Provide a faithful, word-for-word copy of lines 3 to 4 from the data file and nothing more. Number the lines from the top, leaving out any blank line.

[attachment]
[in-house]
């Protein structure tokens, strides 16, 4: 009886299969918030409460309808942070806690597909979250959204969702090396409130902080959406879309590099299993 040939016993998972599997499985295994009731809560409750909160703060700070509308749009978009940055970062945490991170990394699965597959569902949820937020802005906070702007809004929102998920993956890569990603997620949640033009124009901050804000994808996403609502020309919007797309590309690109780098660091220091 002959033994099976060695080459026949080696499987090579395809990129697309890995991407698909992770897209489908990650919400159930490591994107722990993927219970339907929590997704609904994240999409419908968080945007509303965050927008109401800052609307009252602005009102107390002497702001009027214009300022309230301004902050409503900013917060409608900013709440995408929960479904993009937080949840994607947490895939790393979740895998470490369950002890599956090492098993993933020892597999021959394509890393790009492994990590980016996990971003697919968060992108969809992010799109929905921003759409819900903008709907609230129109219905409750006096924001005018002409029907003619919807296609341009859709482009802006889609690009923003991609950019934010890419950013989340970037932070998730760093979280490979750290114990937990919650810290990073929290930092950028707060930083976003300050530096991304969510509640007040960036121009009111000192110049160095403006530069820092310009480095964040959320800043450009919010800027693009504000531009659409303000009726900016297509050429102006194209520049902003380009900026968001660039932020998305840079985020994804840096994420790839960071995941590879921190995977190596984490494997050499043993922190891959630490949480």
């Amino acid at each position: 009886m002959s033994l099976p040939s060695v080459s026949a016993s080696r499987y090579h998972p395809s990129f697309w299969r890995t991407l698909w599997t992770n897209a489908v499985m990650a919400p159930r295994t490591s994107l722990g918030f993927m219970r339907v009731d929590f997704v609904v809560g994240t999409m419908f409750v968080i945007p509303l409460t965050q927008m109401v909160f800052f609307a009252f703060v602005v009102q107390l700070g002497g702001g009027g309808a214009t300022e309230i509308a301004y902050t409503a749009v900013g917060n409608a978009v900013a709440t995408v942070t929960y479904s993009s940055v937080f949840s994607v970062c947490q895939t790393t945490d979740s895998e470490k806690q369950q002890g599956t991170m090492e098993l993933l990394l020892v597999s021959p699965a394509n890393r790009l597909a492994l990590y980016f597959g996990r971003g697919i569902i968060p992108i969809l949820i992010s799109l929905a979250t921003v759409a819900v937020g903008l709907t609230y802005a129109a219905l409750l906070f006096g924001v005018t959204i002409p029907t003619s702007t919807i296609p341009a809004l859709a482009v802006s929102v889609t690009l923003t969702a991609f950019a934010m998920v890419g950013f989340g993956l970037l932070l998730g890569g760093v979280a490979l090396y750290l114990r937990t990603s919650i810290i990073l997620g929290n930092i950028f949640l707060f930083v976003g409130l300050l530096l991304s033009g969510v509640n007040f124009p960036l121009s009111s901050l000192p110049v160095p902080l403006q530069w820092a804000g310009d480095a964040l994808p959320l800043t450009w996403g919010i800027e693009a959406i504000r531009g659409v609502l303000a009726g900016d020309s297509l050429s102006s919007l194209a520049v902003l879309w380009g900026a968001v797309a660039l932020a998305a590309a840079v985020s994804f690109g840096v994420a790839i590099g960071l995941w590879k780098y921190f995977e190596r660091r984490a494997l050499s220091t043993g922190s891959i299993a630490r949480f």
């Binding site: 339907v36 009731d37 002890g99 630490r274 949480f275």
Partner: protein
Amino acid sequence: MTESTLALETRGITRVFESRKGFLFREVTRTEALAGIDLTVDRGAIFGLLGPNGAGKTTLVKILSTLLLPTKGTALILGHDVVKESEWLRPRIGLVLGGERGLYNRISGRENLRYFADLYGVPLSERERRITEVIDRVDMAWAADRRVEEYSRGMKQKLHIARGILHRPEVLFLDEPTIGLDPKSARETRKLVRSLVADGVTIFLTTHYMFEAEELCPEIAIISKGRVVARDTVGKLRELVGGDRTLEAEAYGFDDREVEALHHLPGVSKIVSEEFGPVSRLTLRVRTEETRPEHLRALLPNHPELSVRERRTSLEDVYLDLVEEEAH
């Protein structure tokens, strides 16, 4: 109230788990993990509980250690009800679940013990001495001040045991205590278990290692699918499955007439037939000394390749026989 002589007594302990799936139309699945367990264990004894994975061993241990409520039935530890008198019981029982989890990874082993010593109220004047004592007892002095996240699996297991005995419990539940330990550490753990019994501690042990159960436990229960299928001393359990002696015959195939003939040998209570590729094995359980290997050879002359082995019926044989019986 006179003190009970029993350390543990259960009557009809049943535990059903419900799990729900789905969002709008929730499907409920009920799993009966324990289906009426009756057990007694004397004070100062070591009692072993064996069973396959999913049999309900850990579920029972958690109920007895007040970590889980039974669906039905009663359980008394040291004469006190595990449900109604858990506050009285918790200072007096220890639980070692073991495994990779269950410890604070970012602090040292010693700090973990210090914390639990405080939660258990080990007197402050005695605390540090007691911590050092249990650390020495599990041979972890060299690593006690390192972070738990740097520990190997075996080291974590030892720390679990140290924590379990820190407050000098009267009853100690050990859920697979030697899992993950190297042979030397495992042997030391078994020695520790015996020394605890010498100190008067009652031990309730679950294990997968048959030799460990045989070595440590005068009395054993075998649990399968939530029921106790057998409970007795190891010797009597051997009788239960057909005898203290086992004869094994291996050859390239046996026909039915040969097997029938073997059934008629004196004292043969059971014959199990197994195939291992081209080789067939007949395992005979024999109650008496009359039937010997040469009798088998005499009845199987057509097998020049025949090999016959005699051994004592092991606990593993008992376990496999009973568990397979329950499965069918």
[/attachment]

């Amino acid at each position: 009886m002959s033994l099976p040939s060695v080459s026949a016993s080696r499987y090579h998972p395809s990129f697309w299969r890995t991407l698909w599997t992770n897209a489908v499985m990650a919400p159930r295994t490591s994107l722990g918030f993927m219970r339907v009731d929590f997704v609904v809560g994240t999409m419908f409750v968080i945007p509303l409460t965050q927008m109401v909160f800052f609307a009252f703060v602005v009102q107390l700070g002497g702001g009027g309808a214009t300022e309230i509308a301004y902050t409503a749009v900013g917060n409608a978009v900013a709440t995408v942070t929960y479904s993009s940055v937080f949840s994607v970062c947490q895939t790393t945490d979740s895998e470490k806690q369950q002890g599956t991170m090492e098993l993933l990394l020892v597999s021959p699965a394509n890393r790009l597909a492994l990590y980016f597959g996990r971003g697919i569902i968060p992108i969809l949820i992010s799109l929905a979250t921003v759409a819900v937020g903008l709907t609230y802005a129109a219905l409750l906070f006096g924001v005018t959204i002409p029907t003619s702007t919807i296609p341009a809004l859709a482009v802006s929102v889609t690009l923003t969702a991609f950019a934010m998920v890419g950013f989340g993956l970037l932070l998730g890569g760093v979280a490979l090396y750290l114990r937990t990603s919650i810290i990073l997620g929290n930092i950028f949640l707060f930083v976003g409130l300050l530096l991304s033009g969510v509640n007040f124009p960036l121009s009111s901050l000192p110049v160095p902080l403006q530069w820092a804000g310009d480095a964040l994808p959320l800043t450009w996403g919010i800027e693009a959406i504000r531009g659409v609502l303000a009726g900016d020309s297509l050429s102006s919007l194209a520049v902003l879309w380009g900026a968001v797309a660039l932020a998305a590309a840079v985020s994804f690109g840096v994420a790839i590099g960071l995941w590879k780098y921190f995977e190596r660091r984490a494997l050499s220091t043993g922190s891959i299993a630490r949480f």
């Binding site: 339907v36 009731d37 002890g99 630490r274 949480f275």